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Friday, July 19, 2024

McConnell raises odds on GOP taking the Senate

In a flip from other pessimistic forecasts, the GOP leader now says he feels there is a 50-50 chance of his party reclaiming control of the Senate.
Senate Minority Leader Mitch McConnell, R-Ky. (AP Photo/J. Scott Applewhite)

Senate Republican leader Mitch McConnell said Wednesday that he believes his party now has a “50-50 shot” of getting the chamber back less than six weeks away from the midterm elections.

“We are in a bunch of close races,” McConnell told reporters during a press conference. “It’s going to be really, really close either way, in my view.”

The comments reflect a greater degree of optimism from the GOP leader after he drew criticism last month from fellow Republicans when he downplayed the party’s chances in the fall elections, saying it would be more likely for the party to gain control of the House than the Senate.

“Senate races are just different — they’re statewide, candidate quality has a lot to do with the outcome,” McConnell said at a press conference in Florence, Kentucky, in mid-August.

For the past year, McConnell has been careful about overstating any GOP gains in the chamber, and he previously criticized the “quality” of candidates in key races like Arizona. Republicans have been pleading with him to help direct money to lift Blake Masters, the GOP candidate for Senate there. So far, McConnell has refused to publicly do so.

But on Wednesday, McConnell seemed to suggest there is a slight chance for the GOP to control House and Senate in January — mainly due to the rising issue of inflation, which his party blames on Democrats’ “reckless spending” in Washington.

McConnell and his counterpart in the House, Kevin McCarthy, have pledged to focus on “kitchen table” issues like rising costs and crime.

The political dynamics in the final six weeks of the midterms are proving volatile and could ultimately help either party in tight races. Democrats have focused much of their message on reproductive rights for women after the Supreme Court’s decision this summer invalidating a woman’s constitutional right to an abortion. Republicans, meanwhile, have centered their campaigns on inflation and combatting violent crime.

Many in the GOP have also parroted former President Donald Trump’s lies that the 2020 election was stolen from him, a contention that has been roundly rejected by courts and election officials.

Democrats are coming out of the summer buoyed by signs that the Supreme Court’s abortion decision may galvanize voters in the fall. Voters in deeply Republican Kansas overwhelmingly rejected a ballot measure that would have curtailed abortion rights. And surprise wins for Democrats in special elections from Alaska to upstate New York also signaled notable energy on the issue.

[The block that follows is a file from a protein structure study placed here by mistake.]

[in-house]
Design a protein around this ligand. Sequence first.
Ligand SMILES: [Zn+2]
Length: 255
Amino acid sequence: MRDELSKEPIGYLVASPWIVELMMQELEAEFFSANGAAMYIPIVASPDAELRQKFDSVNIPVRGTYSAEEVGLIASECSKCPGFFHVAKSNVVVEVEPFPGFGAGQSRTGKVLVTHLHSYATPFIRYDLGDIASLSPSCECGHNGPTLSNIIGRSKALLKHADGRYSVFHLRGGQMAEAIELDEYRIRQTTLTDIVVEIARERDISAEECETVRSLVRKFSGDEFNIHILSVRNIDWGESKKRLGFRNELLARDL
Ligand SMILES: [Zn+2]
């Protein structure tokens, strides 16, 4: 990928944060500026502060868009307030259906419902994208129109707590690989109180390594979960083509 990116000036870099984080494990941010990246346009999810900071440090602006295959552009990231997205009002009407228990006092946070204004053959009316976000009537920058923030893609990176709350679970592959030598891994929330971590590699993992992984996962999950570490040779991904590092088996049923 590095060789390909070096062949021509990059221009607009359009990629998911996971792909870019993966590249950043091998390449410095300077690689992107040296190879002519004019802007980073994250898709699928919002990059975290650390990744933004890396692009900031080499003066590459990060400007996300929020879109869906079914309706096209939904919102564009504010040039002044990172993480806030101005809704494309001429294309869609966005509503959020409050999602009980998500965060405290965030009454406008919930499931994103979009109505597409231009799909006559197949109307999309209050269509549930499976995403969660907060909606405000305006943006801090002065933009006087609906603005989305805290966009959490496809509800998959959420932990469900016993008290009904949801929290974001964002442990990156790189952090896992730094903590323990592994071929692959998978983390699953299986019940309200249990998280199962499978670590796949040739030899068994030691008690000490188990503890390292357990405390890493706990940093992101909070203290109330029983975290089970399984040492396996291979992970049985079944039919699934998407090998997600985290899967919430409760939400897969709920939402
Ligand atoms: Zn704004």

But the challenge for the party will be keeping those voters engaged through November. McConnell on Wednesday seemed less worried that abortion would significantly erode GOP gains.

“I think that issue is playing out in different ways in different states,” McConnell said when asked if Republicans were concerned about it. “The three big national issues that we’re going to be addressing here that people are most concerned about nationally are the ones that I mentioned: inflation, crime and open borders.”

“That’s clearly what we’re going to be putting the focus on,” he added.

John Thune, the No. 2 Republican in the Senate, largely echoed McConnell’s predictions on Wednesday, suggesting that Democrats were focusing on “shiny objects.”

“My experience through the years, even in years when we’ve been protecting incumbents in a bad environment, is that when the fundamentals of an election lock in and for the voters the issues get clarified, it usually does kind of generate a bit of momentum for one side or the other,” Thune told reporters. “And honestly, I think that happens for us this year. I just think that the pocketbook issues are going to be paramount and all these other issues Democrats are trying to shift attention to are kind of shiny objects.”

“But in the end,” he added, “it’s the economy, the cost of food, the cost of gas, security, where people feel safe in their neighborhoods and communities.”


Associated Press writer Kevin Freking in Washington contributed to this report.

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